Medical side effects: The condom has a failure rate for avoiding pregnancy that is estimated to be between 10-30%.16, 17 There are several reasons: breakage or slippage during use, manufacturing defects, and defects caused by shipping and storage in a hot or very cold place. A comprehensive review of condom effectiveness in preventing sexually transmitted diseases, sponsored by the US National Institutes of Health, published in 2001, concluded that use of condoms reduces, but does not eliminate transmission of the AIDS virus to men and women and of gonorrhea to men. The review also concluded that condoms have no proven effectiveness in reducing the transmission of any other STD.18 At least one study has noted that women who use barrier methods such as the diaphragm or condom, or the withdrawal method, had a 137% increased risk of developing preeclampsia.19 Preeclampsia, a complication occurring in some pregnant women, is a syndrome of high blood pressure, fluid retention, and kidney damage, which may eventually lead to prolonged seizures and/or coma. It is theorized that exposure to the male’s semen plays a protective role against preeclampsia.


A spermicide is an agent that is designed to kill the man’s sperm and is often sold as a gel or as an ingredient in the vaginal sponge.

Medical side effects: Toxic Shock Syndrome has been associated with the spermicide sponge.20 One researcher has noted that couples who have used certain spermicides within a month of conception have experienced a doubling in the rate of birth defects, as well as a doubling of the rate of miscarriage.21

The IUD (Intrauterine Device)

This is a T-shaped device made of hard plastic. It may also contain copper or progestin hormones. A doctor inserts it into a woman’s uterus. It works by irritating the lining of the uterus and obstructing sperm transport.

Ethical concerns: When conception occurs with an IUD in place, the IUD can prevent implantation, thus causing an early abortion.22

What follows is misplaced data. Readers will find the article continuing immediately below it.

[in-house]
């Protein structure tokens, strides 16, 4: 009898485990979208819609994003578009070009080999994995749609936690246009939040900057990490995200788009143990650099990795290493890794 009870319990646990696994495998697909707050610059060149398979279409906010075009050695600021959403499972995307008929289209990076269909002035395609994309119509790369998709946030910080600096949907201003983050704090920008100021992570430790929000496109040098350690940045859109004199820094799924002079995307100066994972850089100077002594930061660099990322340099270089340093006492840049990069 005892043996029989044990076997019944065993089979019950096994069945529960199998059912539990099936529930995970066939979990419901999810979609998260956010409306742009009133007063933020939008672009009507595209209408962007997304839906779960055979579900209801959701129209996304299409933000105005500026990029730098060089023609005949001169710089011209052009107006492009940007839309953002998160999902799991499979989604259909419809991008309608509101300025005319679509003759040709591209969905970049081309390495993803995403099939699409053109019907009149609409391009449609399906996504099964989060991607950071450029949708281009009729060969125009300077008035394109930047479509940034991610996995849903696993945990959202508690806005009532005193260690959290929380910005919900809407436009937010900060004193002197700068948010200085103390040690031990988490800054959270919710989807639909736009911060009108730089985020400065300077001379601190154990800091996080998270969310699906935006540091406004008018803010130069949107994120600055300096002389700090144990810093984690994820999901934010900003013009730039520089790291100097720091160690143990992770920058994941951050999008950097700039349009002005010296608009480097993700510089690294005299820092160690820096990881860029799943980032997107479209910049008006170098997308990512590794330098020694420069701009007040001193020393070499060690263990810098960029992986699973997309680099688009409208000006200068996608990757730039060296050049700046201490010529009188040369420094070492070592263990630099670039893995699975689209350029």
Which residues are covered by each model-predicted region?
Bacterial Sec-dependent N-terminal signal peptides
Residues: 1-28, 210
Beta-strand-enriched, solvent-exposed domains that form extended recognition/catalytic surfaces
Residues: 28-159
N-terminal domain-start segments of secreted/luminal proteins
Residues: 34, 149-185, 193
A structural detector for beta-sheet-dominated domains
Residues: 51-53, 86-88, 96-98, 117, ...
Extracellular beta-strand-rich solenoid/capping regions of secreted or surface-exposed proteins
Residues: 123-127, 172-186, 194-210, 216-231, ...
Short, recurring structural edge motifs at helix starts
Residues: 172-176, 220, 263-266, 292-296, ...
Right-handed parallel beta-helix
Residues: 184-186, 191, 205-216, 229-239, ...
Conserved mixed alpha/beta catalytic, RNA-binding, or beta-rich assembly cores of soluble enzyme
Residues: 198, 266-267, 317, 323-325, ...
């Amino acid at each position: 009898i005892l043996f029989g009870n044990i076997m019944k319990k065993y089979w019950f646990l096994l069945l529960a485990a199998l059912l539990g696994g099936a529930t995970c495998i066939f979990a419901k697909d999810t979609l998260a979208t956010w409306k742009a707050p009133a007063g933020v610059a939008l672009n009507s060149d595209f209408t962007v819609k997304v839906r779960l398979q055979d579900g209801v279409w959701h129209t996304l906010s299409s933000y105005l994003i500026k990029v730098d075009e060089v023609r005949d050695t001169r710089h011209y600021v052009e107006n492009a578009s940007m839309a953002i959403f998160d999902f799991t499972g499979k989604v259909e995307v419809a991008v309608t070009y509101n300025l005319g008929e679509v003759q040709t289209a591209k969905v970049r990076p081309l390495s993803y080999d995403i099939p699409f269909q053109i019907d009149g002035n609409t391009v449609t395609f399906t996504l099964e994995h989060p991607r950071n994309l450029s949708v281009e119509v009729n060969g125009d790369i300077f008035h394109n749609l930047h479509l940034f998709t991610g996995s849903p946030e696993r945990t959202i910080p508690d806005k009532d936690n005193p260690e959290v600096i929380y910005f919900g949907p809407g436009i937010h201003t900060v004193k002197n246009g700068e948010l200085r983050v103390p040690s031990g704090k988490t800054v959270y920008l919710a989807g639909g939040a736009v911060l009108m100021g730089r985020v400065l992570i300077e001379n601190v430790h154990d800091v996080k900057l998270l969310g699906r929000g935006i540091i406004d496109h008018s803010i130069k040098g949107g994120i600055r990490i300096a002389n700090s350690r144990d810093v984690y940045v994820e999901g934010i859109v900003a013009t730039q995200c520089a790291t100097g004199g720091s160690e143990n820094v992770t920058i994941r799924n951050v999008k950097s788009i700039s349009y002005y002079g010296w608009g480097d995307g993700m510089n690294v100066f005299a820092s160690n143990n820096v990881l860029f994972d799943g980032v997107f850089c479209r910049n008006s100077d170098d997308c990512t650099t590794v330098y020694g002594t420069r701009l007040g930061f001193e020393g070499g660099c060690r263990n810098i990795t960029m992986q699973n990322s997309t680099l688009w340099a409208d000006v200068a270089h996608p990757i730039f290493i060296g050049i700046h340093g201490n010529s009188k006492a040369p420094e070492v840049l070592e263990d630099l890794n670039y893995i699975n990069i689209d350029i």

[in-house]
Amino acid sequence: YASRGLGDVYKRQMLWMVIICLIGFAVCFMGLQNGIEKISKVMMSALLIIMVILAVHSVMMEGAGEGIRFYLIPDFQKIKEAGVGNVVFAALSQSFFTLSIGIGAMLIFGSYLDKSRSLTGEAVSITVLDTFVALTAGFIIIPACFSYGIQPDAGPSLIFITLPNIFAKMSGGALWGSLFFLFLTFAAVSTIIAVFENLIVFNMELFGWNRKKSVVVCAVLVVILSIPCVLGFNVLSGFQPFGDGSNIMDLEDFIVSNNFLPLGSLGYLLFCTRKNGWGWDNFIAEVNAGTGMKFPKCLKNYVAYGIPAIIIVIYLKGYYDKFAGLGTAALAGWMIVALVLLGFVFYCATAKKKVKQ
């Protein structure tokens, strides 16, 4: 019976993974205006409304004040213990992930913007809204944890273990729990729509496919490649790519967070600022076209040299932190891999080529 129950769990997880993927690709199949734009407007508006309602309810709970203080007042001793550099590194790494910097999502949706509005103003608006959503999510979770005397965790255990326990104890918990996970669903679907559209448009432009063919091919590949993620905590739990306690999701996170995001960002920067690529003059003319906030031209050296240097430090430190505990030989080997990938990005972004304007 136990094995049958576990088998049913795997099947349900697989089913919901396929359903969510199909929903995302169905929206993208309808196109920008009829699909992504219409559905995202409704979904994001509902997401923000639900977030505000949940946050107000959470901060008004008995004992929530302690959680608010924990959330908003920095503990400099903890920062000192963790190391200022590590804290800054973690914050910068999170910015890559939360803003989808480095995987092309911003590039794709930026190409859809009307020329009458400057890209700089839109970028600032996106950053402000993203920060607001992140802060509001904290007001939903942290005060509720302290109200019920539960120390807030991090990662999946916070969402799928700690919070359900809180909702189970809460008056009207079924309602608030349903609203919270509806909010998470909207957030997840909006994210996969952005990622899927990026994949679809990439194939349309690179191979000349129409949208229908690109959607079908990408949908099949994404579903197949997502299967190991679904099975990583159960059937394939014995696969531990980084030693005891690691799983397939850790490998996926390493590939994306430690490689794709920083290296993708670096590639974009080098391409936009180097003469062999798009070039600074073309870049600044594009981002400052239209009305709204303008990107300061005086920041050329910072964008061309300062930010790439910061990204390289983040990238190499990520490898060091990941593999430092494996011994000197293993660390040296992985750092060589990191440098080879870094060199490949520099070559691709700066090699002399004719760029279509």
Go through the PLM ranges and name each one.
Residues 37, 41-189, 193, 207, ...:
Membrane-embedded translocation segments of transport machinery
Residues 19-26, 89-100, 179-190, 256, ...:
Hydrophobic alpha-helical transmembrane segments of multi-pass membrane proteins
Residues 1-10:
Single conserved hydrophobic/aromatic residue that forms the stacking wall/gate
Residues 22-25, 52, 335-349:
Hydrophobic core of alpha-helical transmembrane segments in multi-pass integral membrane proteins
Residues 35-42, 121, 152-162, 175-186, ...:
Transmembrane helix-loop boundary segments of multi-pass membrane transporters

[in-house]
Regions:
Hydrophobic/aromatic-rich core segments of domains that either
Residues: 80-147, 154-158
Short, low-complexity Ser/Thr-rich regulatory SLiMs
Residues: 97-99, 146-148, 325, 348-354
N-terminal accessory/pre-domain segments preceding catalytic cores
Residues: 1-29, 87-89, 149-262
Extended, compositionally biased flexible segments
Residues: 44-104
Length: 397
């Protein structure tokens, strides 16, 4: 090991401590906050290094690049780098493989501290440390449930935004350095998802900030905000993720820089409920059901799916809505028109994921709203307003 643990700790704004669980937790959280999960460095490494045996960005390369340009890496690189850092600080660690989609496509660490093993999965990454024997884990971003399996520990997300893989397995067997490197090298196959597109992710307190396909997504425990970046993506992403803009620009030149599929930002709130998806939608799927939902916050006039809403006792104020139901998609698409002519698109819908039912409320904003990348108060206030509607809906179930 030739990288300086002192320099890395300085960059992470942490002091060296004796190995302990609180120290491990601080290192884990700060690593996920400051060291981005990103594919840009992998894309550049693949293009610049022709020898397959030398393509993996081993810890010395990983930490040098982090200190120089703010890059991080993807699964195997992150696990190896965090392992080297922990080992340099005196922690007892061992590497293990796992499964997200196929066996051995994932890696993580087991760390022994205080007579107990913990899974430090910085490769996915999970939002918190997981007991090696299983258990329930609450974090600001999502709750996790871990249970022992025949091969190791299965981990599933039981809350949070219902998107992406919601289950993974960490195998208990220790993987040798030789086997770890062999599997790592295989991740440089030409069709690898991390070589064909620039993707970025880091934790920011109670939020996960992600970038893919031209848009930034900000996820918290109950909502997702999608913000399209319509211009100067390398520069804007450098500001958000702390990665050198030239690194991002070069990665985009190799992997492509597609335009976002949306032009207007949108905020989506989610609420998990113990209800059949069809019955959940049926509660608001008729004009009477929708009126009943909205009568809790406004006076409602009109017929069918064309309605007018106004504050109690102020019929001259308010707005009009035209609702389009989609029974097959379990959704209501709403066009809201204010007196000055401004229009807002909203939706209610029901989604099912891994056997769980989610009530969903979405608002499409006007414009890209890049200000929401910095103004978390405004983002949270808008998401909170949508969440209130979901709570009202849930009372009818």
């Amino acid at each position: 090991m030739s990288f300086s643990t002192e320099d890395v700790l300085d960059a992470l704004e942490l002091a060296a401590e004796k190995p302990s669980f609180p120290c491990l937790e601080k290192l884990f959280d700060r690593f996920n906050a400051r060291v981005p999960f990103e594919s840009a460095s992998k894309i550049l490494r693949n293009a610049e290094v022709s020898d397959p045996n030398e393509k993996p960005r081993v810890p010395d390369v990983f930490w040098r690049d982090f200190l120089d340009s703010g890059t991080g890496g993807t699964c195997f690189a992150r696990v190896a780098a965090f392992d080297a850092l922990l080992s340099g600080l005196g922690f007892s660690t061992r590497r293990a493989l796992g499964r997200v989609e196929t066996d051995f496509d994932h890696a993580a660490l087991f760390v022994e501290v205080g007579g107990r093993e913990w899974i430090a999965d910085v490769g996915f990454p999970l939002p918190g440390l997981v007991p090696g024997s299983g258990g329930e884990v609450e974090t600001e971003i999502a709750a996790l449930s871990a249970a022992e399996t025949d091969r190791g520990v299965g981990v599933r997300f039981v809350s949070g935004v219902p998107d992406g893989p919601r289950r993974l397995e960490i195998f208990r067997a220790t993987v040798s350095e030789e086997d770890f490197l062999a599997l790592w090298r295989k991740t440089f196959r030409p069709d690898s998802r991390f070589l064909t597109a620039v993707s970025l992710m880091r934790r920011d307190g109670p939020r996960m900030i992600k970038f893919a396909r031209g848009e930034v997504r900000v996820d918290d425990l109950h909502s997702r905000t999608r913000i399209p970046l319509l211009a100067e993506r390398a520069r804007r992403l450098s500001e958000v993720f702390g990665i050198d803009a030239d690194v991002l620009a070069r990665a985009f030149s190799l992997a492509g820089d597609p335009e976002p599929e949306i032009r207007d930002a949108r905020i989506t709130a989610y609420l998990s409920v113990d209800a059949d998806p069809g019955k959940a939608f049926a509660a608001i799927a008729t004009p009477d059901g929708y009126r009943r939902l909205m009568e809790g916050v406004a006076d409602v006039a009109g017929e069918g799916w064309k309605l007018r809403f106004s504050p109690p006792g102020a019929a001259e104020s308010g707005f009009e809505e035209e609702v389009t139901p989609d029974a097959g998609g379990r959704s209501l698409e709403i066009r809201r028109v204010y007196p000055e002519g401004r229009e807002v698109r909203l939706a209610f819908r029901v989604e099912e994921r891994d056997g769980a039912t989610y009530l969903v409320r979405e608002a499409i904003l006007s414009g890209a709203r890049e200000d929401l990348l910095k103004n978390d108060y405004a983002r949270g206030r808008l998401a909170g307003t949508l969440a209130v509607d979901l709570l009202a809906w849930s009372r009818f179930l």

Medical side effects: These include uterine perforation, which may lead to a hysterectomy, and infections, such as a pelvic or tubo-ovarian abscess. Use of all IUDs has been associated with an increased incidence of PID (Pelvic Inflammatory Disease).23 The use of IUDs have been associated with actinomycosis, an infection that can cause long term complications such as pelvic mass and infertility.24 The IUD may occasionally result in pregnancy and if this were to occur, an ectopic pregnancy would be more likely to occur. An ectopic pregnancy is one in which the unborn child implants himself/ herself in a location other than in the mother’s uterus, usually in the Fallopian tube. According to Rossing and Daling, two prominent researchers, women who had used an IUD for three or more years were more than twice as likely to have a tubal pregnancy as women who had never used an IUD, even years after the IUD had been removed.25 Ectopic pregnancy remains the leading cause of maternal death in the United States. The IUD may also cause back aches, cramping, dyspareunia (painful intercourse), dysmenorrhea (painful menstrual cycles), and infertility. 23

“Permanent” Sterilization: Tubal Ligation and Vasectomy

Surgical sterilization attempts to achieve permanent sterility by cutting, burning or tying a woman’s Fallopian tubes (called “tubal ligation”) or a man’s vas deferens (called “vasectomy”). Essure was a permanent non-surgical type of sterilization. Inserts placed in the Fallopian tubes caused a tissue barrier to form that prevented sperm from reaching the egg.

Medical side effects: Tubal ligation does not always prevent conception. When conception does occur, it is associated with a much higher incidence of ectopic pregnancy,26 which, is, as was noted, the leading cause of death in pregnant women. In addition, women who undergo the procedure may experience complications from the anesthesia or from surgery. Complications include bladder puncture, bleeding, and even cardiac arrest after inflation of the abdomen with carbon dioxide.27 Some women who have undergone a tubal ligation experience a syndrome of intermittent vaginal bleeding associated with severe cramping pain in the lower abdomen.28  Essure was discontinued in 2018 due to several adverse events including, perforation of the uterus, improper placement, pain, infection, and nickel allergy.29